Throwback Thursday: Interesting Ice Cream at the Beard House
Kaitlin HillKaitlin Hill
July 10, 2014
From celery sorbet to Thai basil ice cream, unusual frozen treats are all the rage at upcoming Beard House events. In his Spring 1996 Beard House Magazine article, “I Scream, You Scream, We All Scream for… Crab Ice Cream?”, former JBF associate editor Adam Rapoport, whom we all now know as Bon Appétit's editor-in-chief, reported on a similar phenomena. Check out some of the funky flavors that appeared at Beard House dinners in 1996, then continue reading for a preview of the innovative ice creams at our upcoming events.
Survey the variety of ice creams recently served at the Beard House, and the notion of 31 Flavors seems quaint. Filling in for strawberry, chocolate, and vanilla have been tempting tastes like saffron, cardamom, and Amarene sherry. At his Discovery Series dinner on January 31, Bruce Cooper of Jake’s in Philadelphia put a spin on the traditional coffee flavor, infusing his homemade vanilla ice cream base with Earl Grey tea. Moncef Meddeb went the Middle Eastern route in February, flavoring his ice cream with Arak, the fiery, anise-scented liquor.
But few flavors raised as many eyebrows as those served by Brian Poor of Chandler’s Crab House in Seattle and Hubert Des Marais of The Ocean Grand Hotel in Palm Beach, FL. At Des Marais’s All Truffle Dinner in December, the chef carried his fungus theme through to the dessert course, serving up scoops of white truffle ice cream. Poor also fared pretty well on the surprise scale at his Dungeness Crabfest in February, inducing diners to indulge in Dungeness crab ice cream. “I’ve gotten more attention for that ice cream than anything I’ve ever done,” he says with a chuckle. The Seattle native came up with the idea for the flavor when Chandler’s publicity department asked him to create a novelty ice cream for the restaurant’s annual six-week crabfest. Based on whiskey crab soup, the ice cream has received anything but a chilly reception. “You can’t imagine the number of people that come in here wanting crab ice cream,” says Poor. “We go through about 40 gallons through the festival.”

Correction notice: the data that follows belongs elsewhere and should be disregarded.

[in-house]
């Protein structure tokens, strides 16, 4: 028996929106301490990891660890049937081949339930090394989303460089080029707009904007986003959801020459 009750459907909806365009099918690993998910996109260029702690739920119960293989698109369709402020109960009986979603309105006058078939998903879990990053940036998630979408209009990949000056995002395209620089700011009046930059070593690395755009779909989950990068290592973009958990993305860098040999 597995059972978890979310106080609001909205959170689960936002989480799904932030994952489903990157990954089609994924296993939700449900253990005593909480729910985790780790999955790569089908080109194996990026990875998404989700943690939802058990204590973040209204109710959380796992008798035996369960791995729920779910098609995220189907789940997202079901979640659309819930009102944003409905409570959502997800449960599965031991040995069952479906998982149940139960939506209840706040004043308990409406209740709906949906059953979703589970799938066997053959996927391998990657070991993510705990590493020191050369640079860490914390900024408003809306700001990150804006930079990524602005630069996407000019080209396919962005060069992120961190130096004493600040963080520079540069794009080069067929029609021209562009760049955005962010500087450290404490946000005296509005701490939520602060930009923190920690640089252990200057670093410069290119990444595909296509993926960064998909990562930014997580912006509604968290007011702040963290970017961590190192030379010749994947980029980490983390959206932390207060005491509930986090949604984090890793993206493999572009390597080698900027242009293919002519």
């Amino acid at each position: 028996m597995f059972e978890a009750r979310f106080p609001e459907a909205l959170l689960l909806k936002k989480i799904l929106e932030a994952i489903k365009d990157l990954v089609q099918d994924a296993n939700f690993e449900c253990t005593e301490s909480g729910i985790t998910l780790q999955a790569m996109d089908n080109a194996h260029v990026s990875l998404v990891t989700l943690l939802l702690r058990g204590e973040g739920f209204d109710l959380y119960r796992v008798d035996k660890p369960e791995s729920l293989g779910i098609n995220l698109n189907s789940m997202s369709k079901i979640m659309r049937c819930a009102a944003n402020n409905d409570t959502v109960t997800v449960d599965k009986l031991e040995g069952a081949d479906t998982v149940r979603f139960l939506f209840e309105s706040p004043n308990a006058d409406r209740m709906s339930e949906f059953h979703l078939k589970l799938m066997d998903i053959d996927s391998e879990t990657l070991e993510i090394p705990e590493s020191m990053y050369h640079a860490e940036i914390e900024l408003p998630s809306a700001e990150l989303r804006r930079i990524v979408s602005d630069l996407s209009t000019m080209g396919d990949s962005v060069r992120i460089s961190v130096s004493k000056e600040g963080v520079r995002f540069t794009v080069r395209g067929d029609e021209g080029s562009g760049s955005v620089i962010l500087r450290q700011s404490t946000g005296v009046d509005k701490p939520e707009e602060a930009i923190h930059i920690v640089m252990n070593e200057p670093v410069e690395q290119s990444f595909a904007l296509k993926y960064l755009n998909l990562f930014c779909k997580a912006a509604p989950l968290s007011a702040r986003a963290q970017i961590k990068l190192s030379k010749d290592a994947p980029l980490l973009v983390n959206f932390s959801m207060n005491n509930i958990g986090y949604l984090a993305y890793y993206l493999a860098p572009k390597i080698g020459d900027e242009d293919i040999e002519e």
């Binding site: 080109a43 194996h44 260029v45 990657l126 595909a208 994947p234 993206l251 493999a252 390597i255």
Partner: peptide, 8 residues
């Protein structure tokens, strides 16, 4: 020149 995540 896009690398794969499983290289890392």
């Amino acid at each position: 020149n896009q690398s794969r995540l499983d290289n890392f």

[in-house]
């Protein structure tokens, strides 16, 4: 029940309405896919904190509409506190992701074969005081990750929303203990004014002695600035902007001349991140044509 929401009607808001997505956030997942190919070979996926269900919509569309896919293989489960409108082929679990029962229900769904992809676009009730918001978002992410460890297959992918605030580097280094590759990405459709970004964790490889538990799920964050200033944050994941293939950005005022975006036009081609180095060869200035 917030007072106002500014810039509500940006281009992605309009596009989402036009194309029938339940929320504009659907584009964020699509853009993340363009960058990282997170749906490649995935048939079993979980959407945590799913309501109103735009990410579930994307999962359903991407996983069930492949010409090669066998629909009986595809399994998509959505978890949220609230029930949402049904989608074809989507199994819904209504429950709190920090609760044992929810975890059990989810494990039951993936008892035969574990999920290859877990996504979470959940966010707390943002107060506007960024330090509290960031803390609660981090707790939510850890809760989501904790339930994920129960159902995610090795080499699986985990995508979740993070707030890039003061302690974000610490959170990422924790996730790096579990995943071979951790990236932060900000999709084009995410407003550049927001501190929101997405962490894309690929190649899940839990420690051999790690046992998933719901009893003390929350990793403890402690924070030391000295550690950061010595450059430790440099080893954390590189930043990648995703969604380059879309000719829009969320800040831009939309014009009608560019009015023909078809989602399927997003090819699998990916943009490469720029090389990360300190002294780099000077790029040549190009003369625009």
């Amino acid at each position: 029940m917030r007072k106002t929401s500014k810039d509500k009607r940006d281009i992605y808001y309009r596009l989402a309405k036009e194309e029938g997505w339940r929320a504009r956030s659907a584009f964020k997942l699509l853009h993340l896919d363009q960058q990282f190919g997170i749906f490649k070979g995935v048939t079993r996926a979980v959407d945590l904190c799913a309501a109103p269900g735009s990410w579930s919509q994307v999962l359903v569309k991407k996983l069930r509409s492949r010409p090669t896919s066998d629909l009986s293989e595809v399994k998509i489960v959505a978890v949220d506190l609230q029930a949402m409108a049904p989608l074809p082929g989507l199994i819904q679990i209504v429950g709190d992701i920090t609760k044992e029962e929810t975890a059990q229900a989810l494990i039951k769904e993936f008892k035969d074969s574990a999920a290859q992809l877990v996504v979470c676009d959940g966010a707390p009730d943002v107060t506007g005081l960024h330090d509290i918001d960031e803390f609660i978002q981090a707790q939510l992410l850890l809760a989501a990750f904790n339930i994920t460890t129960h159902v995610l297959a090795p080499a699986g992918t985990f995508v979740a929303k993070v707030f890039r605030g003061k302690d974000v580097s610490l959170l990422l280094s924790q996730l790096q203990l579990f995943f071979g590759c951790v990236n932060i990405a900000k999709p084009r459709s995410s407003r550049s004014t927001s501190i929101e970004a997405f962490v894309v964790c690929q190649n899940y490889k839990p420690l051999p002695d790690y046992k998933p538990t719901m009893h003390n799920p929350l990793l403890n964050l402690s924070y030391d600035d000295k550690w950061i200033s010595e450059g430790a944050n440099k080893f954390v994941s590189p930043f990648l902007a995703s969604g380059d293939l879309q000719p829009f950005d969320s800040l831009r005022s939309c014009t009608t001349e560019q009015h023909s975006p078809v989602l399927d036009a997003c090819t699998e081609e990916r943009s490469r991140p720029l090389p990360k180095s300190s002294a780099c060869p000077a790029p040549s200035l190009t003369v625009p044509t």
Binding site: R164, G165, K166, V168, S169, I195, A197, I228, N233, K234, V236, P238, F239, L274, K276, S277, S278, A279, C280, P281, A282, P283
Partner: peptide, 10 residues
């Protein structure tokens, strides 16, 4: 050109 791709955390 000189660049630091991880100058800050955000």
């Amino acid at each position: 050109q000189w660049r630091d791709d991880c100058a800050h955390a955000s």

To make the ice cream, Poor takes two gallons of crab shell stock, adds a quart of bourbon, a quart of sherry, a pound of honey, and ¼ cup of vanilla extract, and reduces the mixture to a syrup. He then hands it over to a local ice cream maker who incorporates it into a vanilla ice cream base. What results is a rich, maple nut-flavored ice cream with few traces of its crustacean origins. “It’s kind of like Caesar salad dressing,” explains Poor, “You might not taste the anchovies in the dressing, but if you take them out, the dressing losses something. The crab ice cream doesn’t really taste like crab, but it’s the crab stock that supplies the flavor.”
Des Marais created his unique ice cream for a white truffle gala held at The Ocean Grand Hotel in November 1994. Des Marais adds a helping of white chocolate and truffle honey before running the mixture through an ice cream machine. To the finished product, he folds in sliced, fresh white truffles. “It tastes sweet,” says Des Marais. “You don’t think in your mind that it should be on top of a piece of meat. It’s still definitely dessert.” Alas, some conventions remain intact.
Here are some surprising ice cream flavors coming soon to the Beard House:
Want to try your hand at creative ice cream? Here are some outside-the-box flavors from our recipe collection: